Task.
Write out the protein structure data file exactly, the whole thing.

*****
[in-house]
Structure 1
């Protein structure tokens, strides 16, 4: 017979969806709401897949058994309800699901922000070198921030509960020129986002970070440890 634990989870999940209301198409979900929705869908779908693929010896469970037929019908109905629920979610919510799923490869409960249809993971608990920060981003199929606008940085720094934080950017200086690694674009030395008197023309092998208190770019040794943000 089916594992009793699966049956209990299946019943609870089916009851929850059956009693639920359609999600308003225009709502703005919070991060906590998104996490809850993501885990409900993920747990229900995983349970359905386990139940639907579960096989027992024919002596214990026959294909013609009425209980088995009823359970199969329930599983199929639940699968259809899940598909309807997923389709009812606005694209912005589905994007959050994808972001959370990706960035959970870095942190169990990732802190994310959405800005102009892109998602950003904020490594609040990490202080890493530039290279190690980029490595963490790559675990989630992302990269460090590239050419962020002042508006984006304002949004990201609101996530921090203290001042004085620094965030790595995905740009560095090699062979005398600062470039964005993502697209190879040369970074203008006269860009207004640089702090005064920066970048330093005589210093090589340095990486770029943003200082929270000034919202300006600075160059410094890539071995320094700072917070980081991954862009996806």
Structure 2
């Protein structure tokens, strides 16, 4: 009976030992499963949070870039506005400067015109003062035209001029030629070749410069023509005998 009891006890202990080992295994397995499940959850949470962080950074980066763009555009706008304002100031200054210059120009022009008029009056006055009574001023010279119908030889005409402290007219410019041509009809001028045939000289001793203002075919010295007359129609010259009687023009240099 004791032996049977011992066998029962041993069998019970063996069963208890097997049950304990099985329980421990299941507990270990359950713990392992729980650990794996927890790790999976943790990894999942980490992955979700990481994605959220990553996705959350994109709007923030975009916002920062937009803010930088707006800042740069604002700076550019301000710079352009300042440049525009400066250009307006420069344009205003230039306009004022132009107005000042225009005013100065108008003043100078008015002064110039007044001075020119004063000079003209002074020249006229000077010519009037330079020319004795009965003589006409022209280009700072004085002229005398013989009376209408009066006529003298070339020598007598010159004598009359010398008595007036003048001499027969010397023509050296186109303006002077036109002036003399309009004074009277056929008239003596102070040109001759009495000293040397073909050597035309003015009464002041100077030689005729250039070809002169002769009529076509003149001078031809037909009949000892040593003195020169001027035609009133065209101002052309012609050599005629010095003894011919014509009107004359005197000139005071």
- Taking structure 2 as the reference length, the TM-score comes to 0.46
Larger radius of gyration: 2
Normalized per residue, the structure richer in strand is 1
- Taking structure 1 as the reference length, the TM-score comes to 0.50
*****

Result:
[in-house]
Structure 1
């Protein structure tokens, strides 16, 4: 017979969806709401897949058994309800699901922000070198921030509960020129986002970070440890 634990989870999940209301198409979900929705869908779908693929010896469970037929019908109905629920979610919510799923490869409960249809993971608990920060981003199929606008940085720094934080950017200086690694674009030395008197023309092998208190770019040794943000 089916594992009793699966049956209990299946019943609870089916009851929850059956009693639920359609999600308003225009709502703005919070991060906590998104996490809850993501885990409900993920747990229900995983349970359905386990139940639907579960096989027992024919002596214990026959294909013609009425209980088995009823359970199969329930599983199929639940699968259809899940598909309807997923389709009812606005694209912005589905994007959050994808972001959370990706960035959970870095942190169990990732802190994310959405800005102009892109998602950003904020490594609040990490202080890493530039290279190690980029490595963490790559675990989630992302990269460090590239050419962020002042508006984006304002949004990201609101996530921090203290001042004085620094965030790595995905740009560095090699062979005398600062470039964005993502697209190879040369970074203008006269860009207004640089702090005064920066970048330093005589210093090589340095990486770029943003200082929270000034919202300006600075160059410094890539071995320094700072917070980081991954862009996806």
Structure 2
């Protein structure tokens, strides 16, 4: 009976030992499963949070870039506005400067015109003062035209001029030629070749410069023509005998 009891006890202990080992295994397995499940959850949470962080950074980066763009555009706008304002100031200054210059120009022009008029009056006055009574001023010279119908030889005409402290007219410019041509009809001028045939000289001793203002075919010295007359129609010259009687023009240099 004791032996049977011992066998029962041993069998019970063996069963208890097997049950304990099985329980421990299941507990270990359950713990392992729980650990794996927890790790999976943790990894999942980490992955979700990481994605959220990553996705959350994109709007923030975009916002920062937009803010930088707006800042740069604002700076550019301000710079352009300042440049525009400066250009307006420069344009205003230039306009004022132009107005000042225009005013100065108008003043100078008015002064110039007044001075020119004063000079003209002074020249006229000077010519009037330079020319004795009965003589006409022209280009700072004085002229005398013989009376209408009066006529003298070339020598007598010159004598009359010398008595007036003048001499027969010397023509050296186109303006002077036109002036003399309009004074009277056929008239003596102070040109001759009495000293040397073909050597035309003015009464002041100077030689005729250039070809002169002769009529076509003149001078031809037909009949000892040593003195020169001027035609009133065209101002052309012609050599005629010095003894011919014509009107004359005197000139005071």
- Taking structure 2 as the reference length, the TM-score comes to 0.46
Larger radius of gyration: 2
Normalized per residue, the structure richer in strand is 1
- Taking structure 1 as the reference length, the TM-score comes to 0.50